False sincerity can come from a fear of frostbite, and she knew it. It wasn’t any use letting him in if his words weren’t from the heart. Otherwise, it would be a long winter, regardless of the weather. If things weren’t right between them, the coldness outside would be nothing to the coldness in the house between them.

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Notes on the story –
This short story was inspired by a card left in a book by a patron. Her name is Peach McComb, and she is a professional artist. She makes cards of her artwork to use as business cards. Since I was through with the “Short and Strange” series, I decided to write something inspired by her card. I taped it in my journal and chose to only use one page, forcing me to limit what I wrote to just the essentials.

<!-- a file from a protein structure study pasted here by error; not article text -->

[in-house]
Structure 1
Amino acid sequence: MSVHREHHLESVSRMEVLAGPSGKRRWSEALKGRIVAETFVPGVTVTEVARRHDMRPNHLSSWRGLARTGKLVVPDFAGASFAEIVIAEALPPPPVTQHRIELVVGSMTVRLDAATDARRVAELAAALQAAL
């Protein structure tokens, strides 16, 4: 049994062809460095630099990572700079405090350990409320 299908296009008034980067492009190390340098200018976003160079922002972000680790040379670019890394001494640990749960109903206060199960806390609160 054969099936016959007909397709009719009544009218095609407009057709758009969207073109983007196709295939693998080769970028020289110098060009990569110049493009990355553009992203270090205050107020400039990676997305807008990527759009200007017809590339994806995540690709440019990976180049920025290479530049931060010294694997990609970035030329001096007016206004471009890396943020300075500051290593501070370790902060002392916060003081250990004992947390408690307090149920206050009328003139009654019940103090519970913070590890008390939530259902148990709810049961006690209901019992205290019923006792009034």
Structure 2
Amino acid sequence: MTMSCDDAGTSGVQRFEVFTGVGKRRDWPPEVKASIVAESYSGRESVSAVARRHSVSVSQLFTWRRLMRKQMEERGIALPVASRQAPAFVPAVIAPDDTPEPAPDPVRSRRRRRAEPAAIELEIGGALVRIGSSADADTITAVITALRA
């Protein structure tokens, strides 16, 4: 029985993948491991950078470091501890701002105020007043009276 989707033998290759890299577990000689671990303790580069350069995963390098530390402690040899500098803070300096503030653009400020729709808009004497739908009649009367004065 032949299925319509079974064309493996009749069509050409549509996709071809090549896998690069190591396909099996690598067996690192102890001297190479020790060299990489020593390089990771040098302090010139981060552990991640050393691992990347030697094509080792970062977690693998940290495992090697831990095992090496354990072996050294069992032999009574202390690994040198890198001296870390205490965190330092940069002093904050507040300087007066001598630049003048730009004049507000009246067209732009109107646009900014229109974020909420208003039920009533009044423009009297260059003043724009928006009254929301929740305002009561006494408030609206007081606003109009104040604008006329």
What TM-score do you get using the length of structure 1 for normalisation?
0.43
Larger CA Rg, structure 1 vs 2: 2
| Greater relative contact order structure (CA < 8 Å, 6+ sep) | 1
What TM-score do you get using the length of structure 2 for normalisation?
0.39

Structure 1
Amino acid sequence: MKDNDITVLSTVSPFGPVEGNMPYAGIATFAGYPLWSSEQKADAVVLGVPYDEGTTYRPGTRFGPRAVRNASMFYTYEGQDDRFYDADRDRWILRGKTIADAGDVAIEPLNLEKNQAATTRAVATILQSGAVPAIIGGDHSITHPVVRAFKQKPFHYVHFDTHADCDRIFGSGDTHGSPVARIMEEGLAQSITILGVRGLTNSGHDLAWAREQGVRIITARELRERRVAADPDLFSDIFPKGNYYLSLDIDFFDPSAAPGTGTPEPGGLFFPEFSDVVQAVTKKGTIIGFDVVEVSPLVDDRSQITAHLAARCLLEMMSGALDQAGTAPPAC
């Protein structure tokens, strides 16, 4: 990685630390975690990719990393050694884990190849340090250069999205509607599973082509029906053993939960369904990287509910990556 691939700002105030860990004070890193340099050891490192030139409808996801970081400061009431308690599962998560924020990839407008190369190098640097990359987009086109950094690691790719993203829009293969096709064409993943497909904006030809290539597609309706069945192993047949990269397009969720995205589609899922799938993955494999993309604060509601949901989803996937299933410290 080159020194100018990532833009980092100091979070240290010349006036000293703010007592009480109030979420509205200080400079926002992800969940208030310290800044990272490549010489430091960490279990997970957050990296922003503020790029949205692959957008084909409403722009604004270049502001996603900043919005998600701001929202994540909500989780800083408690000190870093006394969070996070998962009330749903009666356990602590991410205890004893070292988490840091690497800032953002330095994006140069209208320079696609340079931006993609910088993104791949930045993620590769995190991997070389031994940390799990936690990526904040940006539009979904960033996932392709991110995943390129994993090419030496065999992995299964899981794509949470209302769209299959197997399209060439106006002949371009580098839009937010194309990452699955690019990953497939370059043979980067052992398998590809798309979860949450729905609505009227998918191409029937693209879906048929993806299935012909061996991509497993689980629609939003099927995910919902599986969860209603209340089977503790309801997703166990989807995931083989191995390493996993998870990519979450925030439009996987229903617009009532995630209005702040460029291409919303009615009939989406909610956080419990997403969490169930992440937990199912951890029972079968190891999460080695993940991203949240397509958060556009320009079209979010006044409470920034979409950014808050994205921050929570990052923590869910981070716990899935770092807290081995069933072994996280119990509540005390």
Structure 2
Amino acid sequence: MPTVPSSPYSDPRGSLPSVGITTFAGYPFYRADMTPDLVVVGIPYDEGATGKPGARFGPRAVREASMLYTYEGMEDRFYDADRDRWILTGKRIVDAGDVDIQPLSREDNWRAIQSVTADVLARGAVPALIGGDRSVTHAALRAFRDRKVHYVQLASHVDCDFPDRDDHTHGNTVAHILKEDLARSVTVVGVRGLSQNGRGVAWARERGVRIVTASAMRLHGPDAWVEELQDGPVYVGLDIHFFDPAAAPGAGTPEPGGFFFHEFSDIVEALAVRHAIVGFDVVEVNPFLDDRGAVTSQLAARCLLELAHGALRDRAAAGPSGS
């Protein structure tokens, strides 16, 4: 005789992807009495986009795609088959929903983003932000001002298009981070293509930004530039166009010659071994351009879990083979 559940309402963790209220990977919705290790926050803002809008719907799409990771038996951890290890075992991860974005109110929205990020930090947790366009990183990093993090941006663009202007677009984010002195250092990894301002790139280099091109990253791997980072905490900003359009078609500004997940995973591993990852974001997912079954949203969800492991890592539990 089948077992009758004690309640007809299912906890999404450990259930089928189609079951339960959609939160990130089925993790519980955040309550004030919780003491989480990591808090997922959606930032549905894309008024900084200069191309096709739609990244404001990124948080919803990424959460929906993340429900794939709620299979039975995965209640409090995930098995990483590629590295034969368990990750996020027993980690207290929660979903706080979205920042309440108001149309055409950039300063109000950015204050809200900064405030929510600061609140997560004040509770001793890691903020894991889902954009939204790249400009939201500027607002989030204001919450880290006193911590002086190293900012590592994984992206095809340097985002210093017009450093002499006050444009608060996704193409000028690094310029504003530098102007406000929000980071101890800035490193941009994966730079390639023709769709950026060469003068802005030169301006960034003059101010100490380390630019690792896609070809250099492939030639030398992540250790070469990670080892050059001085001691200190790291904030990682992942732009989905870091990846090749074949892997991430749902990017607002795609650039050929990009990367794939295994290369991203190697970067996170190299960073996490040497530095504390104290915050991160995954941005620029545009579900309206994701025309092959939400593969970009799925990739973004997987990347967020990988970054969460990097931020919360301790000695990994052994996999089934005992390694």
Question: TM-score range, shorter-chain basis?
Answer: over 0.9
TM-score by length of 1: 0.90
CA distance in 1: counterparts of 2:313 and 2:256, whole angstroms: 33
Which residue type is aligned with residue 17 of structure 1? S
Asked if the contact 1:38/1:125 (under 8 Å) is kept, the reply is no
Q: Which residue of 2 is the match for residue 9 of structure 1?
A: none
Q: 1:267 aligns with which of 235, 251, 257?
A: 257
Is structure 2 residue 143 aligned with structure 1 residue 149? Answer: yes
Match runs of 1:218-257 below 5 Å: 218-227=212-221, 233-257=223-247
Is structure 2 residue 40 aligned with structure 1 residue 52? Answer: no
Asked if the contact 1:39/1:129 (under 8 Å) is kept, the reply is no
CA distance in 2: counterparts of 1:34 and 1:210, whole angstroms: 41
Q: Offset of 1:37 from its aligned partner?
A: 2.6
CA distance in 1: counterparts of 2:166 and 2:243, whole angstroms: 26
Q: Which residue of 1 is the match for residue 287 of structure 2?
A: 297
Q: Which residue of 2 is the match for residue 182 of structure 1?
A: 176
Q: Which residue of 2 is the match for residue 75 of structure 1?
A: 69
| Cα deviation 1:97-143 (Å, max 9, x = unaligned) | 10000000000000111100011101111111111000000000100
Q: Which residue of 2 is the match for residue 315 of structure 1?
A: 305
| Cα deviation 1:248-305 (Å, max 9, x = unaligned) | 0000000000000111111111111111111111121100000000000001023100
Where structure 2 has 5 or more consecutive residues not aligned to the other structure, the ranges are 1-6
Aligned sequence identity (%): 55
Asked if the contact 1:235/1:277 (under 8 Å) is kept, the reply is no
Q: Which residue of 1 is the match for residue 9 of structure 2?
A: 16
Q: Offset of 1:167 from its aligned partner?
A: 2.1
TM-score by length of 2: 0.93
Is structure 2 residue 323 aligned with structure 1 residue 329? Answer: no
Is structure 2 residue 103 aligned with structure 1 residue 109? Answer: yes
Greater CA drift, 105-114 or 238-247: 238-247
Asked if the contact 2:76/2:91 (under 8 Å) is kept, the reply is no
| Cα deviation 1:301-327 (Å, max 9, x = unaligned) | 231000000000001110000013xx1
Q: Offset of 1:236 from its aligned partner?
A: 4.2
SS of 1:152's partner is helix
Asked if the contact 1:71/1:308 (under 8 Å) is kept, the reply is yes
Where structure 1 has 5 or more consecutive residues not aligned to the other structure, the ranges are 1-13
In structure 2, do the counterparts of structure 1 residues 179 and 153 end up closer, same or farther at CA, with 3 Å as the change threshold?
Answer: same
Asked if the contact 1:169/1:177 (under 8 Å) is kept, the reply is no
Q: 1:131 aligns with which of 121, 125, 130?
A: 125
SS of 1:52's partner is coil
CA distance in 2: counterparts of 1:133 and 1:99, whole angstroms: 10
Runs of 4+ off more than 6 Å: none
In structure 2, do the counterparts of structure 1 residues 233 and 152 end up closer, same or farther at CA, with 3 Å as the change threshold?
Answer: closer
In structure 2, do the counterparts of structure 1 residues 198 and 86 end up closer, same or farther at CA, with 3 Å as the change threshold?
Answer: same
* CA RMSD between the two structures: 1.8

This story is like a sketch instead of a full rendering. I chose to leave the rest up to the reader. Consider these questions – Why are the brother and sister estranged? Why does he live alone in the woods in Maine, far from family? How long will he keep going back to the woods once the weather improves? What did he do before moving there? Is it significant that his name is Earl and his dog is named Duke? Feel free to write the rest of the story and post it here.